AMMAN, Jordan (AP) _ Royalty prayed and sobbed at the grave of King Hussein on Thursday, while other Jordanians crowded mosques and churches across the Arab kingdom to observe the traditional 40th day of mourning for their longtime leader.

Hussein's grave was surrounded by wreaths of white flowers, and prayers there were attended by virtually all members of the ruling Hashemite family.

Prince Hassan, the late king's brother, and his son Rashed prayed at the grave, but left before King Abdullah arrived to preside over a service attended by nearly all other male family members. Shortly before his Feb. 7 death, King Hussein replaced Hassan as heir to the Jordanian throne in favor of Abdullah.

In line with the Muslim tradition of segregating the sexes, separate prayers were attended by Queen Noor, the American-born wife of the late king, and princesses, who sobbed at the grave.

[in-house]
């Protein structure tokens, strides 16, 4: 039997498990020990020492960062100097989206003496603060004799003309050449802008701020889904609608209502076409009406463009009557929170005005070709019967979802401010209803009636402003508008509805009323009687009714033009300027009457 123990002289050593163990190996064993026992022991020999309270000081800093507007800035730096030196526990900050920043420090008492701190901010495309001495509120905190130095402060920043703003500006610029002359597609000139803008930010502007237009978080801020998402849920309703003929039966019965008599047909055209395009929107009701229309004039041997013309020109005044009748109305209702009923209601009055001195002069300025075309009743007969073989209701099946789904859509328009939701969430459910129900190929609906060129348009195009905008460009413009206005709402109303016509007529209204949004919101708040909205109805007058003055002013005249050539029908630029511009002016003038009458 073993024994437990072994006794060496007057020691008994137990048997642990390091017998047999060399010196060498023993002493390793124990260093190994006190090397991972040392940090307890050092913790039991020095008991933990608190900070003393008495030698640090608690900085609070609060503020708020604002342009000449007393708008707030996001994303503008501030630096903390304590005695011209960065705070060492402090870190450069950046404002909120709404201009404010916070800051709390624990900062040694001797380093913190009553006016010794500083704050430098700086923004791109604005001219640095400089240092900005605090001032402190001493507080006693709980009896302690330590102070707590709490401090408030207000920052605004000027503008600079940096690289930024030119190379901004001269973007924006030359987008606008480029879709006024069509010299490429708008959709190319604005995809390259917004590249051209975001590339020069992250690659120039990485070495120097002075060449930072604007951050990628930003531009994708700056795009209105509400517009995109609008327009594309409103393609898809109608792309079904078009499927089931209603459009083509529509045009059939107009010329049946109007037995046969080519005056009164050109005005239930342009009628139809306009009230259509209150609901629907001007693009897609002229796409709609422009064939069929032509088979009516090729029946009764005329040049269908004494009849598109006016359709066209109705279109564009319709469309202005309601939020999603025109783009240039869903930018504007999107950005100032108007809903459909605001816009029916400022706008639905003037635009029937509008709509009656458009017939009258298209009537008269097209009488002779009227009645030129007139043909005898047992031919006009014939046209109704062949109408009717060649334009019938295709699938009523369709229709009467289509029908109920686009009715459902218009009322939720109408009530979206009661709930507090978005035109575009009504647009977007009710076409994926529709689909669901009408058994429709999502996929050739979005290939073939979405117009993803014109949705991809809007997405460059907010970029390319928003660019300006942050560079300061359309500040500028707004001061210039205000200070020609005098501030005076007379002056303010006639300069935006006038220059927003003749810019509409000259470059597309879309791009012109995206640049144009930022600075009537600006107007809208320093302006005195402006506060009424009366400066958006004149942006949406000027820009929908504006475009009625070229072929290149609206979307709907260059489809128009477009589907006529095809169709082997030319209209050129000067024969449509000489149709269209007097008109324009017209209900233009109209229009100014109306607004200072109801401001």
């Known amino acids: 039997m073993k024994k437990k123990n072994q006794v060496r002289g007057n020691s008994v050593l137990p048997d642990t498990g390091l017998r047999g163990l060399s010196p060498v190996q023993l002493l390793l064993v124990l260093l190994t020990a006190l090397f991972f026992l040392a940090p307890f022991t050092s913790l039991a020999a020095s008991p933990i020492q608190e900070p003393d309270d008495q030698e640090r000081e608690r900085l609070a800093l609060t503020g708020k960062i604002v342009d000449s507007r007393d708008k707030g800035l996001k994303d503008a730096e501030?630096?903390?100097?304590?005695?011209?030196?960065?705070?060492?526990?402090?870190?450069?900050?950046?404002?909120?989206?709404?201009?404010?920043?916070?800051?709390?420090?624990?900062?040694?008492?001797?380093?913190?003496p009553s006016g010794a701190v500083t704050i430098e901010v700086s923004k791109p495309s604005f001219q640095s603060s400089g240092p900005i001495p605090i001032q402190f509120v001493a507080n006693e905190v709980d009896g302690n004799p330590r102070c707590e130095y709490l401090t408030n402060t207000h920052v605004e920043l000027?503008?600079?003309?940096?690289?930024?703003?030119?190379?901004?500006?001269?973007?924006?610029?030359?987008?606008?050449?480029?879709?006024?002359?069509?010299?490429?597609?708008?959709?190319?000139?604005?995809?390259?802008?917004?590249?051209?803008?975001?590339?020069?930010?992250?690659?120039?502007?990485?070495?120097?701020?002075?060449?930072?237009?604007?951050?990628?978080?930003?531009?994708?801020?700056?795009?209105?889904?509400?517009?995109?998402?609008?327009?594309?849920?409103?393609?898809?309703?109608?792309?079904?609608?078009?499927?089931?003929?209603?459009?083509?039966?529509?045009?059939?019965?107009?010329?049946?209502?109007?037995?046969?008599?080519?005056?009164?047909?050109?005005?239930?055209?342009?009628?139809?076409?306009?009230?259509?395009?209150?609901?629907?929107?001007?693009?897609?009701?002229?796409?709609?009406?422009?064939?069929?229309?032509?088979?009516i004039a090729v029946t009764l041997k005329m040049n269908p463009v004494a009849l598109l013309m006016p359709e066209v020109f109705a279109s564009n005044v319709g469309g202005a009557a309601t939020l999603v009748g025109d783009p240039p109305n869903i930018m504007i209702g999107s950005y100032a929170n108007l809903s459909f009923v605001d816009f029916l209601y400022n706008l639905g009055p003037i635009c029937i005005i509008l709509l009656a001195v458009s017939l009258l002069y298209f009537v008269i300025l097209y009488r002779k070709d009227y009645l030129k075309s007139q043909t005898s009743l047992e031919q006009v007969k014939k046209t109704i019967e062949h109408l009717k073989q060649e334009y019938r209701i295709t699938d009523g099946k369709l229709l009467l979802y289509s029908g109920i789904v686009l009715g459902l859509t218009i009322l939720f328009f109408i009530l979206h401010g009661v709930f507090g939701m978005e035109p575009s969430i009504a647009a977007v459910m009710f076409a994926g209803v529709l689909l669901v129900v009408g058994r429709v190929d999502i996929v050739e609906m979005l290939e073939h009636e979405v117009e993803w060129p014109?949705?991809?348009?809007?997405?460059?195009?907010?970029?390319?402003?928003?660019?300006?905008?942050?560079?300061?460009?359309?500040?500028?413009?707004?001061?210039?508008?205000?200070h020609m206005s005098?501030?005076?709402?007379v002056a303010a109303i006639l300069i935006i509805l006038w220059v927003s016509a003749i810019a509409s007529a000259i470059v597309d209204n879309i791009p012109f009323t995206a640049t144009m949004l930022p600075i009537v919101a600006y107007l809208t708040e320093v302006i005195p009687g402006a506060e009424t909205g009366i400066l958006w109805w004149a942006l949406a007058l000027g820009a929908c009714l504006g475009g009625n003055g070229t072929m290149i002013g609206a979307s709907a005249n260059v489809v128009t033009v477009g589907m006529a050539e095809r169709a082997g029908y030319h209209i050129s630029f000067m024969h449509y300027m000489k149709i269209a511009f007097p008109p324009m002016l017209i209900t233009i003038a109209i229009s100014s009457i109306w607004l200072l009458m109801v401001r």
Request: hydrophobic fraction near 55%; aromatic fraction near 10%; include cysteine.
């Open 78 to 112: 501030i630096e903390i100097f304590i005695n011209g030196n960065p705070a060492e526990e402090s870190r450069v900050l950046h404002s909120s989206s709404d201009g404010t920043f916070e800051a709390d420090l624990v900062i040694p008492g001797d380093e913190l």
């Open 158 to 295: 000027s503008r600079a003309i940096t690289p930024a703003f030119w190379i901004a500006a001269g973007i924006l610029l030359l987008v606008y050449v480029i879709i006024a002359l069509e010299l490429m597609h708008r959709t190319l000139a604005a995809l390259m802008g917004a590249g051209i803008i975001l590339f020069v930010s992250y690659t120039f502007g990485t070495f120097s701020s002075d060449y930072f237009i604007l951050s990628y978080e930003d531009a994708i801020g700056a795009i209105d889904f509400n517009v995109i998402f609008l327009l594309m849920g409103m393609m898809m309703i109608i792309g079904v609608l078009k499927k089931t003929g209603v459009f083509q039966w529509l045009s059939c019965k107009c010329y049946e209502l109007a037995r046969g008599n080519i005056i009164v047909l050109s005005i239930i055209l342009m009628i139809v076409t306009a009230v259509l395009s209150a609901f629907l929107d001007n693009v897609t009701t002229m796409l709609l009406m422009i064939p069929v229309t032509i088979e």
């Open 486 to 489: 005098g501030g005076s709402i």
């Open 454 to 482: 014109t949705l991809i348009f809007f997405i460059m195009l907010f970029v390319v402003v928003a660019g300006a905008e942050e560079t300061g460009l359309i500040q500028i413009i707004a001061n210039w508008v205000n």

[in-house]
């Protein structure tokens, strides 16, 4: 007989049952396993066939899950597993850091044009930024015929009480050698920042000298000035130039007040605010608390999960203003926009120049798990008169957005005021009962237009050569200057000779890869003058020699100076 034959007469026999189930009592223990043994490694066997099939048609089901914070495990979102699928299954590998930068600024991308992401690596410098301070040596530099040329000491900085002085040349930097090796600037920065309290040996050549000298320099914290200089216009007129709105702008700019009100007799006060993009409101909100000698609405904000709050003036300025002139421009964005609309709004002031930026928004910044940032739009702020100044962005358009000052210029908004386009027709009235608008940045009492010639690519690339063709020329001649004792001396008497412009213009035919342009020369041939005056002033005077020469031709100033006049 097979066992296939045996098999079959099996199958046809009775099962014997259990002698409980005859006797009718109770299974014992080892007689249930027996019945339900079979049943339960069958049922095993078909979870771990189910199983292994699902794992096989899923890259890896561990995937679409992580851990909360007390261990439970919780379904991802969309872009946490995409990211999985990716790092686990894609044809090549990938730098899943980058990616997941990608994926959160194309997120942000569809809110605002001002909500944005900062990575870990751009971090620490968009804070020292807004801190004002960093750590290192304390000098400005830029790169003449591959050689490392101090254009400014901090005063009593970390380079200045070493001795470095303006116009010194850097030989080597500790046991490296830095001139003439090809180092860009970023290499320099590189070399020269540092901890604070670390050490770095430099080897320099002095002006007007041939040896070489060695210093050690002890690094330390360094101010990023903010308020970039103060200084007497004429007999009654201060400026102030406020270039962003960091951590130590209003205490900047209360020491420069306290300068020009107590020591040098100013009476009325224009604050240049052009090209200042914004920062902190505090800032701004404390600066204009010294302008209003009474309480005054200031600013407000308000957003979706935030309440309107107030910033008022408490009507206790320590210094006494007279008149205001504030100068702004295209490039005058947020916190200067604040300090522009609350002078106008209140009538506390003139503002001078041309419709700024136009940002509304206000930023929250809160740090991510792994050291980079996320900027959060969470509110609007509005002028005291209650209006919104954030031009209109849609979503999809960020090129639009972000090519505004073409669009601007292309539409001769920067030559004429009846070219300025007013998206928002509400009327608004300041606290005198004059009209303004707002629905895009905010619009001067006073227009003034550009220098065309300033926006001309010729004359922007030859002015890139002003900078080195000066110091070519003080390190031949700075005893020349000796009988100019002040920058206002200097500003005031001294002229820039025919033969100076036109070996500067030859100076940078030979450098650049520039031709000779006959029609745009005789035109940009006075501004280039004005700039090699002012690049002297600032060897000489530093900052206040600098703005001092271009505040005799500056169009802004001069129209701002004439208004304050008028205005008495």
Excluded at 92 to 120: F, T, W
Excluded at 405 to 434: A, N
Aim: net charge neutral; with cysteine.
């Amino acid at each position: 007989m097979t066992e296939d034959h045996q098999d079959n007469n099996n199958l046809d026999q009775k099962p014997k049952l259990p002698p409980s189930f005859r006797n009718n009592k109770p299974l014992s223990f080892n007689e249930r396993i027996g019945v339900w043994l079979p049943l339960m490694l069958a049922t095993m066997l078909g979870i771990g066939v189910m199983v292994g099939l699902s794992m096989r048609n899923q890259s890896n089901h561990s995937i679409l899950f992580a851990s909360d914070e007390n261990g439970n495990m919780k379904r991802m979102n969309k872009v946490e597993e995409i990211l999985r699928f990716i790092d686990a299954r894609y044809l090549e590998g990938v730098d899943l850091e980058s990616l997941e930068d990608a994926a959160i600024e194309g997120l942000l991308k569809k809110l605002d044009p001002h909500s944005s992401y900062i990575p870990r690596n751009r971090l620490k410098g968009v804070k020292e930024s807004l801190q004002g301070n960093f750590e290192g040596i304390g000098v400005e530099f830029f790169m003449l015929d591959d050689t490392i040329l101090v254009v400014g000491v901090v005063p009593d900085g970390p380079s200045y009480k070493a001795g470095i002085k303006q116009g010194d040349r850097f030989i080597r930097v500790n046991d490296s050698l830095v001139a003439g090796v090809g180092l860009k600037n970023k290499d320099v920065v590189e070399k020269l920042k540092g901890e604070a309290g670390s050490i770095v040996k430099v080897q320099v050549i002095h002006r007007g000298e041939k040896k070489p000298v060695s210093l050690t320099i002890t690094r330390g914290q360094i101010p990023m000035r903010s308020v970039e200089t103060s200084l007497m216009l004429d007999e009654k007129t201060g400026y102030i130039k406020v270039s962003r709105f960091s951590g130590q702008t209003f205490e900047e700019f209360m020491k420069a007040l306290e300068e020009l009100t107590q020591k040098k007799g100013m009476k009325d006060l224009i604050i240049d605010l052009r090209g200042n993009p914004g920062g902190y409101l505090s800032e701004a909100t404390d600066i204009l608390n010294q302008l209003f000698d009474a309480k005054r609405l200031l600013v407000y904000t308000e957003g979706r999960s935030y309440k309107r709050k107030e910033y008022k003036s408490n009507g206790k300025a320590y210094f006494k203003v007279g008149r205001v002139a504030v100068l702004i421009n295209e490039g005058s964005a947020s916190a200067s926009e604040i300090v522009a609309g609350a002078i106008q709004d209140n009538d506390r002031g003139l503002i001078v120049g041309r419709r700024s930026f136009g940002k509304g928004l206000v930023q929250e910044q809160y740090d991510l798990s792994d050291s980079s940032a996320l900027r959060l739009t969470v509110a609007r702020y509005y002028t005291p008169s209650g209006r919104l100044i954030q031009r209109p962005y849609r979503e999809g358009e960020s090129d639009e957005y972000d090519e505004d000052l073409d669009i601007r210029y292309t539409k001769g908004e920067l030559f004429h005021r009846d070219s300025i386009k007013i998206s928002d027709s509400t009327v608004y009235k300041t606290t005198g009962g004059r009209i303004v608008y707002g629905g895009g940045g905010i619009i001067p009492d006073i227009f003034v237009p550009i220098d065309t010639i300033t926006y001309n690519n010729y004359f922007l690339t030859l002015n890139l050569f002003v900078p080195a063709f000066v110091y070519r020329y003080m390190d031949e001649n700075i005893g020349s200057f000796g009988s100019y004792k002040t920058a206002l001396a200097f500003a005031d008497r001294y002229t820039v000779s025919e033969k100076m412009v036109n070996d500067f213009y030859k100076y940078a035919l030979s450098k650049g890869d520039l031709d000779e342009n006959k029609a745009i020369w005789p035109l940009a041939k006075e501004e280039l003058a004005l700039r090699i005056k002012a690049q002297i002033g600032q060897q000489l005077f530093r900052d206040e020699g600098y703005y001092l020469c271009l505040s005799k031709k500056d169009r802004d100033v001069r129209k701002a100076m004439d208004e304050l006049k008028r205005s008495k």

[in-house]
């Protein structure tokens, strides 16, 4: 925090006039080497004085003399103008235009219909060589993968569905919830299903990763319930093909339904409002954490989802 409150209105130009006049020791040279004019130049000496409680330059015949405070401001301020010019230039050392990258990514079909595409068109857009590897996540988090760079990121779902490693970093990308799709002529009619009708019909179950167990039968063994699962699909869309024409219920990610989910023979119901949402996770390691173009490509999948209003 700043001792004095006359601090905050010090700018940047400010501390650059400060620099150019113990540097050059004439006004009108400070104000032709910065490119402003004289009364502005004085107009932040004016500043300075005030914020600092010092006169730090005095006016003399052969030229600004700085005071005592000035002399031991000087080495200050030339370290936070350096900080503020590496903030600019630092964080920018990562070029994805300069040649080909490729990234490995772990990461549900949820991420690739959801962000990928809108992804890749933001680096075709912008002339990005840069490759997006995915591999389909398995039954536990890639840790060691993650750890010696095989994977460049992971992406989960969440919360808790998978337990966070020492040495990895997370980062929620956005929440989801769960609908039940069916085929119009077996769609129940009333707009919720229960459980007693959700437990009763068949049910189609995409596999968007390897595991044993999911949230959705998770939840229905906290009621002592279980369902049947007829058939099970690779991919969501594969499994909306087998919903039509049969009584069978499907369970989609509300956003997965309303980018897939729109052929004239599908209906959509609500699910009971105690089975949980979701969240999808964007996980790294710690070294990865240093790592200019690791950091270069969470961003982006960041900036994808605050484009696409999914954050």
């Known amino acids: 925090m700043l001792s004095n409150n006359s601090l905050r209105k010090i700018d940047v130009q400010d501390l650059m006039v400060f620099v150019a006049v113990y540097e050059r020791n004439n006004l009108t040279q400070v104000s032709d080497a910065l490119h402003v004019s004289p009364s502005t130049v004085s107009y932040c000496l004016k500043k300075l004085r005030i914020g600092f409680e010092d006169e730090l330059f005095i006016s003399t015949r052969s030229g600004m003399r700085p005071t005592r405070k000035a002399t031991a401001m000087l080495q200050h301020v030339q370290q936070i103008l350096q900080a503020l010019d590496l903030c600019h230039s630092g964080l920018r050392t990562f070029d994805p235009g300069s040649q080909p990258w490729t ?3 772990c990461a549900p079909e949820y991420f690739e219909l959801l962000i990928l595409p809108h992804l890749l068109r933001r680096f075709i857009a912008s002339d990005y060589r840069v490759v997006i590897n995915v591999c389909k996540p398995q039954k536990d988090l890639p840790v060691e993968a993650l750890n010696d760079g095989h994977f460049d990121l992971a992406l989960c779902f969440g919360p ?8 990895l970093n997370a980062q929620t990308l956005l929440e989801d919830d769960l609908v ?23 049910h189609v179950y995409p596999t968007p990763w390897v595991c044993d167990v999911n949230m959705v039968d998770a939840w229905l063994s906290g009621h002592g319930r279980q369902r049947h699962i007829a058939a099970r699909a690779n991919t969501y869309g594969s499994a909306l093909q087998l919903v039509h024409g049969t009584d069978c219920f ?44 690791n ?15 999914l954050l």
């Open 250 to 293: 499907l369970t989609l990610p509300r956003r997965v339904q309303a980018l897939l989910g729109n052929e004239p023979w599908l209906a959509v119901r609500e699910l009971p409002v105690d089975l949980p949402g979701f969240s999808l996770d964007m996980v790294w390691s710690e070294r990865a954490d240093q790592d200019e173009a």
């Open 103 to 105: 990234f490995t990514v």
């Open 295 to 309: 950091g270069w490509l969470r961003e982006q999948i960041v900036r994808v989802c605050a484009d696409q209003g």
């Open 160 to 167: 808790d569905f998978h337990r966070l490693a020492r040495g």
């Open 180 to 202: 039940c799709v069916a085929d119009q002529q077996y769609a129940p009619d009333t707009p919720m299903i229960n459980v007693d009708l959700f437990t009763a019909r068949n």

Thousands of people from all walks of life also visited the Royal Cemetery. Men dressed in black wept as they prayed.

Newspapers were adorned by black-bonded pictures of Hussein, poetry and emotional ads paid respects to the late king. All of the dailies used the same words: ``Hussein: Forever in our hearts and thoughts.''

More prayers were scheduled for throughout the day in mosques and churches across Jordan. King Abdullah was to preside over a special sermon at an Amman mosque on Thursday evening.

The prayers mark the end of the 40-day official mourning period for King Hussein, who was the longest-reigning Arab monarch until his death of cancer at age 63.

Starting Friday, Jordanian flags will fly at full staff again and state-run radio and television will return to their usual programs, ending recitals from the Muslim holy book, the Koran. Nightclubs and discotheques that have been closed since Hussein's death will reopen and state-sponsored public functions will resume.

But another 50 days of mourning will be observed by the royal family.